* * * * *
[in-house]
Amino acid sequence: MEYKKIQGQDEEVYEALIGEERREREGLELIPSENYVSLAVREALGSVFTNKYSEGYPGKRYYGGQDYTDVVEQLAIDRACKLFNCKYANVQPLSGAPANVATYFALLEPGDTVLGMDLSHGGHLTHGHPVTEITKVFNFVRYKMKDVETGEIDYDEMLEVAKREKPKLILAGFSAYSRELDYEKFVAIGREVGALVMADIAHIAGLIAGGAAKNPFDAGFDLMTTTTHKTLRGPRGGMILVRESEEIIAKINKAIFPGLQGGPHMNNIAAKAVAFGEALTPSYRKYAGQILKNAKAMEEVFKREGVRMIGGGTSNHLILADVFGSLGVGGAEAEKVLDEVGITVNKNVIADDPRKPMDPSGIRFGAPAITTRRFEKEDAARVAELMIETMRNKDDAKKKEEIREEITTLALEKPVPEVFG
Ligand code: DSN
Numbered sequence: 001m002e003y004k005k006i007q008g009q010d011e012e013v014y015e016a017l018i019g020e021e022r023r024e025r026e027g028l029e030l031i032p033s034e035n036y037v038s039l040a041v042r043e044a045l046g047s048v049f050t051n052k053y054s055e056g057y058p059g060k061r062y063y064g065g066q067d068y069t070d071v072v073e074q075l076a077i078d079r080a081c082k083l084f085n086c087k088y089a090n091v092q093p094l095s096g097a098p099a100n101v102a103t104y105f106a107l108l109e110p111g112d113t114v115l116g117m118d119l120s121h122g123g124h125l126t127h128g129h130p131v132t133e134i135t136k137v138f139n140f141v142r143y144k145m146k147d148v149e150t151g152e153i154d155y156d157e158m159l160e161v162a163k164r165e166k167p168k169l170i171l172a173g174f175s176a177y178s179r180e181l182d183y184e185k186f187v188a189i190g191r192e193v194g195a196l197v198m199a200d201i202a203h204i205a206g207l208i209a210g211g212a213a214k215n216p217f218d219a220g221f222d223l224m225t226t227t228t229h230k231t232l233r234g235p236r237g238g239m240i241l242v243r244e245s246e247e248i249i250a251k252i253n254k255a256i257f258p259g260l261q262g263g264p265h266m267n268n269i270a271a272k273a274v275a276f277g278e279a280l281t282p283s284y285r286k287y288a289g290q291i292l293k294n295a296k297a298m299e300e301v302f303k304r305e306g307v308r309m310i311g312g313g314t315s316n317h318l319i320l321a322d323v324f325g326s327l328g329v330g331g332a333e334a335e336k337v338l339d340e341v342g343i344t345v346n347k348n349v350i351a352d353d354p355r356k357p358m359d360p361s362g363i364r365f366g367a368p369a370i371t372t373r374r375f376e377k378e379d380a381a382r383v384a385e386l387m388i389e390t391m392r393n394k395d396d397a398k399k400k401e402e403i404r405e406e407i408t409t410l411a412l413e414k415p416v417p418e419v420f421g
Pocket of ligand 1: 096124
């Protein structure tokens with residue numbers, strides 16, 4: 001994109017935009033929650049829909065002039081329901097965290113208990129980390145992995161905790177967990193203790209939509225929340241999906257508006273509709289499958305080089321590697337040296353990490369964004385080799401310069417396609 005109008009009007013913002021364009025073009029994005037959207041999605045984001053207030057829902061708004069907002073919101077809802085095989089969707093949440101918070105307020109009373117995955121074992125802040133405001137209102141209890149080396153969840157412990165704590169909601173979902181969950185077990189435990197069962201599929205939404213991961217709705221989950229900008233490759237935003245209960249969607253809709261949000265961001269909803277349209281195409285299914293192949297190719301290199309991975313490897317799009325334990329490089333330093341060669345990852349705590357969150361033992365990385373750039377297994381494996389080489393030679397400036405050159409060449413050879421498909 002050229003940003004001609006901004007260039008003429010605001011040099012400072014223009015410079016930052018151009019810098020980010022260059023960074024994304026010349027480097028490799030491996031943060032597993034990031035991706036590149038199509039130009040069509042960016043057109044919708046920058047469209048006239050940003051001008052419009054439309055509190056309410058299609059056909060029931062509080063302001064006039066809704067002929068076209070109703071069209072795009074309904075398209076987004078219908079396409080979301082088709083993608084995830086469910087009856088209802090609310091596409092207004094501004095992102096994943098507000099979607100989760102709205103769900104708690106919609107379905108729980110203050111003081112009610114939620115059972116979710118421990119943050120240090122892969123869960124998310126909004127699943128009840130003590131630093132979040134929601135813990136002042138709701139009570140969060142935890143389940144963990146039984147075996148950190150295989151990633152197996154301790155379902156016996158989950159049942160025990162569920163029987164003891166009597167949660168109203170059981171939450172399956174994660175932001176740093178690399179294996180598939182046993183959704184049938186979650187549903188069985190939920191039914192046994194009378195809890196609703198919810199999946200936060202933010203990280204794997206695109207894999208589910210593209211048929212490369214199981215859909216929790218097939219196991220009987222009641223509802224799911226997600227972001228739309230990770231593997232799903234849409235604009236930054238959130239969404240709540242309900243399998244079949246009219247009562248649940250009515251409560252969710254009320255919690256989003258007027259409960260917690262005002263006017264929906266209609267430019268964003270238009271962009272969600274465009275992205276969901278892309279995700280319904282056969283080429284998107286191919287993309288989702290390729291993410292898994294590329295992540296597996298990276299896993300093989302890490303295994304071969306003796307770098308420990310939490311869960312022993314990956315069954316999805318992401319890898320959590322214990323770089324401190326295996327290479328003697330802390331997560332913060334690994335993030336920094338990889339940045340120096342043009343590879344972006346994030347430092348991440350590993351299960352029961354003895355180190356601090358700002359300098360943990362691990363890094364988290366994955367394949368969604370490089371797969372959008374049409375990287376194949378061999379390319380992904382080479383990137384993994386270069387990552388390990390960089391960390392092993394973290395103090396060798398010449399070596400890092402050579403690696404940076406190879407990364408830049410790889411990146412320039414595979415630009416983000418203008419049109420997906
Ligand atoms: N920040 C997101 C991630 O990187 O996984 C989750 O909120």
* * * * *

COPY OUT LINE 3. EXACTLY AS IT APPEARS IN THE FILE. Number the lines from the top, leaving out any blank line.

Ligand code: DSN